ABUJA— Petroleum Products Pricing Regulatory Agency, PPPRA, yesterday, said Nigerians should ignore rumours of an impending hike in the price of Premium Motor Spirit, PMS, also known as petrol.
The PPPRA, in a statement by its Executive Secretary, Mr. Abdukadir Saidu, disclosed that the price of PMS remained N145 per litre nationwide, adding that there was no attempt to hike the price of the commodity by N5 per litre.
The statement read: “The PPPRA has observed the growing speculation on a purported imminent increase in the pump price of Premium Motor Spirit, PMS, by N5.00 per litre.The agency hereby wishes to dispel this rumour and assuage the concerns of Nigerians.
“As the agency of government saddled with the responsibility of regulating petroleum products pricing, supply and distribution, we want to assure the Nigerian public that the subsisting pump price cap for PMS remains N145 per litre across the country and as such, Nigerians should please ignore the speculation on price increase.
“We again wish to assure all Nigerians that pursuant to its mandate, the PPPRA shall not fail in its efforts geared towards ensuring products availability, and at regulated price, for the benefit of all.”
Rumours of an impending hike in the price of PMS were triggered by a Bill in the Senate, which is seeking to introduce a fuel levy of N5, chargeable per litre on any volume of petrol and diesel products imported into Nigeria and on locally refined petroleum products.
This was in addition to a number of taxes and levies, which the Bill is proposing to be used to fund the proposed National Roads Fund.
The recommendations are contained in a report by the Senate Committee on Works on a Bill for an Act to Establish the National Roads Fund for the purpose of financing the Maintenance and Rehabilitation of National Roads and for other Matters connected therewith, 2017( S.B 218) presented by its chairman, Senator Kabiru Gaya.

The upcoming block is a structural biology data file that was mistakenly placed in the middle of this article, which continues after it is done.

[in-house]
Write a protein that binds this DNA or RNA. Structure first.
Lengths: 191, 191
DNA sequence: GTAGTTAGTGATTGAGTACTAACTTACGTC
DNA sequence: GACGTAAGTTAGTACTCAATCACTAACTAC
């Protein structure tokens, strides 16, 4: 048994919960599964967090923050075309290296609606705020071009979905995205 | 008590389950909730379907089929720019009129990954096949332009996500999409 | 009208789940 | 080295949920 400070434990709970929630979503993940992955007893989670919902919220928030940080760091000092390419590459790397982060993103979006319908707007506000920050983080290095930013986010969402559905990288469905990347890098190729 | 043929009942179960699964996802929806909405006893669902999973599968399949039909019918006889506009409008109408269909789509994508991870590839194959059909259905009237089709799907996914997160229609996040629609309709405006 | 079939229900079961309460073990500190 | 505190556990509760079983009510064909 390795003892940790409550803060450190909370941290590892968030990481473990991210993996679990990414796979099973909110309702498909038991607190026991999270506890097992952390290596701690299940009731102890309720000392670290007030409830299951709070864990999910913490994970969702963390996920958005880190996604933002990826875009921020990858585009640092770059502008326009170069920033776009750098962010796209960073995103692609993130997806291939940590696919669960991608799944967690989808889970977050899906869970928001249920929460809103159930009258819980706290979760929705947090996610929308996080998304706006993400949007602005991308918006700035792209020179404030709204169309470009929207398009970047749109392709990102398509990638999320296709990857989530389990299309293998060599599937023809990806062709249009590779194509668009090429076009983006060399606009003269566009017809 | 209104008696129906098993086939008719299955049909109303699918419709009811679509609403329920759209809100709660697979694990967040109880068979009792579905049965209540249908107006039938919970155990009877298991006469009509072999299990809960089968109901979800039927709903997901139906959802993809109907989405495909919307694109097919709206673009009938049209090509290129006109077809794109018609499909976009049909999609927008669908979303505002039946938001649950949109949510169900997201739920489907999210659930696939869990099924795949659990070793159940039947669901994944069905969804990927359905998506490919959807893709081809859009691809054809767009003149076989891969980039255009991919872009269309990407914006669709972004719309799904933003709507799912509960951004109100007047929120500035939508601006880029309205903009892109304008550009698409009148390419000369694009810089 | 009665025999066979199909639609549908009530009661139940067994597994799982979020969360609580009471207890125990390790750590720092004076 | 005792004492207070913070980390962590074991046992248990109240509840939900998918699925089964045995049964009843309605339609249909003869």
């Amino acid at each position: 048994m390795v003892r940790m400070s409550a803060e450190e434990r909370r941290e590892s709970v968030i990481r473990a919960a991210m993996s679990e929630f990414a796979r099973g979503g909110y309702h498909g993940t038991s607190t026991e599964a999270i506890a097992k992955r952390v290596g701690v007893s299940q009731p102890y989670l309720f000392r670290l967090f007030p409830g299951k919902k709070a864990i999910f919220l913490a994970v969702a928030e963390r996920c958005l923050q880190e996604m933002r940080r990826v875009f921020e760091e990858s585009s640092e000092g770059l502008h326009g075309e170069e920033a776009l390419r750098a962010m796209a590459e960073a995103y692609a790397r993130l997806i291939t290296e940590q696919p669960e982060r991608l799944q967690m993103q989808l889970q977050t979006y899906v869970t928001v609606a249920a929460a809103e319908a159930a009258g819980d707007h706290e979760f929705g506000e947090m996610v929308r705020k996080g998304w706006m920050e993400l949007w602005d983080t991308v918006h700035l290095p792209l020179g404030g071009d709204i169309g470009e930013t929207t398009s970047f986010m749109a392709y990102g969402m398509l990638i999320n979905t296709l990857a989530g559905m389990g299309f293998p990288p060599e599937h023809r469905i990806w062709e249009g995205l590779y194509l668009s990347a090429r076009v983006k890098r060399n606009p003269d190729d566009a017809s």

In the report, the committee recommended that the proposed National Roads Fund be funded through axle load charges, toll fees, a percentage not exceeding 10 per cent of any revenue paid as use charge per vehicle on any federal road designated as a toll road, excluding PPP roads. It also stated that every passenger would pay additional charge of 0.5 per cent.
Another source of revenue for the National Roads Fund include international vehicle transit charges, inter-state mass transit user charge of 0.5 per cent deductible from the fare paid by passengers to commercial mass transit operators on inter-state roads.
Other sources of revenue recommended by the committee are Roads Fund surcharge of 0.5 per cent chargeable on the assessed value of any vehicle imported at any time into Nigeria; lease, license or other fees which shall be 10 per cent of the revenue accruing from lease or license or other fees pertaining to non-vehicular road usages along any federal road.
However, Senate President, Mr. Bukola Saraki, had clarified that the proposed National Road Fund Bill recommended by the Senate Committee on Works would not lead to any increase in the current pump price of fuel.
Source: Vanguard News